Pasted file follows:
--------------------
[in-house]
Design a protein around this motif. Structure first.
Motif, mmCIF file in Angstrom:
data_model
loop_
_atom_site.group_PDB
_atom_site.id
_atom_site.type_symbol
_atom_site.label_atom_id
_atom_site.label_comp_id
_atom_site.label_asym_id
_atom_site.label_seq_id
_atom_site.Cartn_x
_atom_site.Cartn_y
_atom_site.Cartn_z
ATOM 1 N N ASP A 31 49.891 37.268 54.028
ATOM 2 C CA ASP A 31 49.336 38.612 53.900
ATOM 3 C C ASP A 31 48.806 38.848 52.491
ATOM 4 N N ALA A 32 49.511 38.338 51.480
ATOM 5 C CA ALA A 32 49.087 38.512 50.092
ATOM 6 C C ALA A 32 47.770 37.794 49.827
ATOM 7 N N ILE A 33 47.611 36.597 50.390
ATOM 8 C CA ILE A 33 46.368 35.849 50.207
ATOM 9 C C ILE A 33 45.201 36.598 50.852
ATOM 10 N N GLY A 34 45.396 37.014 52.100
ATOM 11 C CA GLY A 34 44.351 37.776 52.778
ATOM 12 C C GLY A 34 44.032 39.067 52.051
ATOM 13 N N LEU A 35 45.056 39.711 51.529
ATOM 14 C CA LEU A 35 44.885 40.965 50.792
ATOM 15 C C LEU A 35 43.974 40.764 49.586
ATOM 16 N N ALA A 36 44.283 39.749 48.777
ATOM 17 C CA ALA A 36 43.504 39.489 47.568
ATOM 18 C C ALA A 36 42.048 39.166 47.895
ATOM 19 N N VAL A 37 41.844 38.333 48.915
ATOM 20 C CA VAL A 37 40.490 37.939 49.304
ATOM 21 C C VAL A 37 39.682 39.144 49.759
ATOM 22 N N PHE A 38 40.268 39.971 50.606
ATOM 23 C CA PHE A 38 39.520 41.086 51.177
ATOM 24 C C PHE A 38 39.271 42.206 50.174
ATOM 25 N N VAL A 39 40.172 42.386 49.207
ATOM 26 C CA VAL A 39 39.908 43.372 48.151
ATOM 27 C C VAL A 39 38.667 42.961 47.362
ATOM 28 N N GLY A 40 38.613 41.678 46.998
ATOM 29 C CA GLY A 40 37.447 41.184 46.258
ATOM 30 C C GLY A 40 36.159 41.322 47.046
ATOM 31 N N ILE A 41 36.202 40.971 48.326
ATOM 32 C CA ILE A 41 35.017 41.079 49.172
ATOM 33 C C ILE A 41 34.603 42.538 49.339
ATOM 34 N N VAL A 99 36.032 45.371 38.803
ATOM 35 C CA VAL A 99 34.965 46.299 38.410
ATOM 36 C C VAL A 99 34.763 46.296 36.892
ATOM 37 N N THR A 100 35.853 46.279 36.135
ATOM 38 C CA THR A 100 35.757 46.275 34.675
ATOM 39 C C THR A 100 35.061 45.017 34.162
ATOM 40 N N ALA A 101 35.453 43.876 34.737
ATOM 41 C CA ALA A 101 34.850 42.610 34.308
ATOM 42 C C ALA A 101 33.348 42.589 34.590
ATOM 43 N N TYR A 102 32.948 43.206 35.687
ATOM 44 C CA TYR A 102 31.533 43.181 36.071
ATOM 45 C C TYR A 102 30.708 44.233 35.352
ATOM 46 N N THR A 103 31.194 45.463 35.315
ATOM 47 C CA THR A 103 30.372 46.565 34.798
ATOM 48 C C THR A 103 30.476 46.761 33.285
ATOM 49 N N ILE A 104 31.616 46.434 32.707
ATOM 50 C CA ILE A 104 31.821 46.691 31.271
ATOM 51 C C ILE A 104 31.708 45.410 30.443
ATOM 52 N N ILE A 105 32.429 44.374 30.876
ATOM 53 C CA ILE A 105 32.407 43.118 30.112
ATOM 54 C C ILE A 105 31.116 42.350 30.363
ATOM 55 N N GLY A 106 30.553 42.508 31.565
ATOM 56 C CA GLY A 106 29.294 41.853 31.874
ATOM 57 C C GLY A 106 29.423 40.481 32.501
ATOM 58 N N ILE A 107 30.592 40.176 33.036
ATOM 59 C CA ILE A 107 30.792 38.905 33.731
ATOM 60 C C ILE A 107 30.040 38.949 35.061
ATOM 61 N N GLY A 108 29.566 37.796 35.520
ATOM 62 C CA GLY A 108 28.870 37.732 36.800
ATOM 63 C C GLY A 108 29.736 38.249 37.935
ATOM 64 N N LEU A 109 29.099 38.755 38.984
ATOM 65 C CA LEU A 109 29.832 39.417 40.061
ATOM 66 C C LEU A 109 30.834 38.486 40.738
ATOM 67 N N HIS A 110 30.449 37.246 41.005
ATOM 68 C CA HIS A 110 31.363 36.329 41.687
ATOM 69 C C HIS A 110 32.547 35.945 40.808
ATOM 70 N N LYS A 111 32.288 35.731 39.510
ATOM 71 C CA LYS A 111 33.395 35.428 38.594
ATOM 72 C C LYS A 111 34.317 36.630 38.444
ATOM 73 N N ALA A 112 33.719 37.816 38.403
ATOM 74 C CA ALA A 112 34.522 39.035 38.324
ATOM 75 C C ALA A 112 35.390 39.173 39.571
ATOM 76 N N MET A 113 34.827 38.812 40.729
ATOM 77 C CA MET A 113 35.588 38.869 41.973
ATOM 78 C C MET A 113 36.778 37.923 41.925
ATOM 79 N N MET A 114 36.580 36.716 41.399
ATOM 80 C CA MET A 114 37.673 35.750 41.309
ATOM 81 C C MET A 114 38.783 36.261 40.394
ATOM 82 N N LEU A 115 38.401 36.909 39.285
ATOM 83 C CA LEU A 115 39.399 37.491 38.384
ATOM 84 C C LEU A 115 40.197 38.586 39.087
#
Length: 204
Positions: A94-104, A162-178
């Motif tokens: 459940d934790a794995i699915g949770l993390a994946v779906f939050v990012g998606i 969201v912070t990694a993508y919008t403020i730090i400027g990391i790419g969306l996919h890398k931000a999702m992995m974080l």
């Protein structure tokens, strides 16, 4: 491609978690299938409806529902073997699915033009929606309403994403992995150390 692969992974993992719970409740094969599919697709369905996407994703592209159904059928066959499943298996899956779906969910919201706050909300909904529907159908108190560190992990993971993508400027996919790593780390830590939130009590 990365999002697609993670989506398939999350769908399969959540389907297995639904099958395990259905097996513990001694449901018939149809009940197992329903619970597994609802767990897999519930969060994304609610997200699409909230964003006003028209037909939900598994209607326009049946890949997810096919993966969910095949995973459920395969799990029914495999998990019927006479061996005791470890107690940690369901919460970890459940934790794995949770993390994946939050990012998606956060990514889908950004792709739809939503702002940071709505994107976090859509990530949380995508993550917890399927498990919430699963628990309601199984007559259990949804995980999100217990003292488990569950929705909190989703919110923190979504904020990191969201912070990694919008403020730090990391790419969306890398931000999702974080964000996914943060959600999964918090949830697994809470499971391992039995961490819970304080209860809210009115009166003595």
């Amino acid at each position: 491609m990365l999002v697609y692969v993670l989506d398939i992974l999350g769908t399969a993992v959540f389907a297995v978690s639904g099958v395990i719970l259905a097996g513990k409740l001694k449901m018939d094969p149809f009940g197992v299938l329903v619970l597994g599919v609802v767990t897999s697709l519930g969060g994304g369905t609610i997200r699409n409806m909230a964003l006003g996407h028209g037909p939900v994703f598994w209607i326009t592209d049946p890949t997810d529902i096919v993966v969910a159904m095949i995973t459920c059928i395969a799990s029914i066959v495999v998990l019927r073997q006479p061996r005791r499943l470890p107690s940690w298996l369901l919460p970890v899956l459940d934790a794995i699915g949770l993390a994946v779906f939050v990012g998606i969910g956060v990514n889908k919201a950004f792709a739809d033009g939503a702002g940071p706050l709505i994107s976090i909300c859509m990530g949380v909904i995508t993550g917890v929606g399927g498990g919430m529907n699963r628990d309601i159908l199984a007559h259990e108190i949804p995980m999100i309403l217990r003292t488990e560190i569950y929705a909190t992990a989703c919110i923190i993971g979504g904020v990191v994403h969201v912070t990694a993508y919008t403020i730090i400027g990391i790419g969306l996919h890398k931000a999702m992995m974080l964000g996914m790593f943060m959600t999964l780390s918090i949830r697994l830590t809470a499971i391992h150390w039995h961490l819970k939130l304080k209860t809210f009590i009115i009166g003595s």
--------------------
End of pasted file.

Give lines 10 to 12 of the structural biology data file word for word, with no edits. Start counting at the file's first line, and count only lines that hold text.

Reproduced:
_atom_site.label_comp_id
_atom_site.label_asym_id
_atom_site.label_seq_id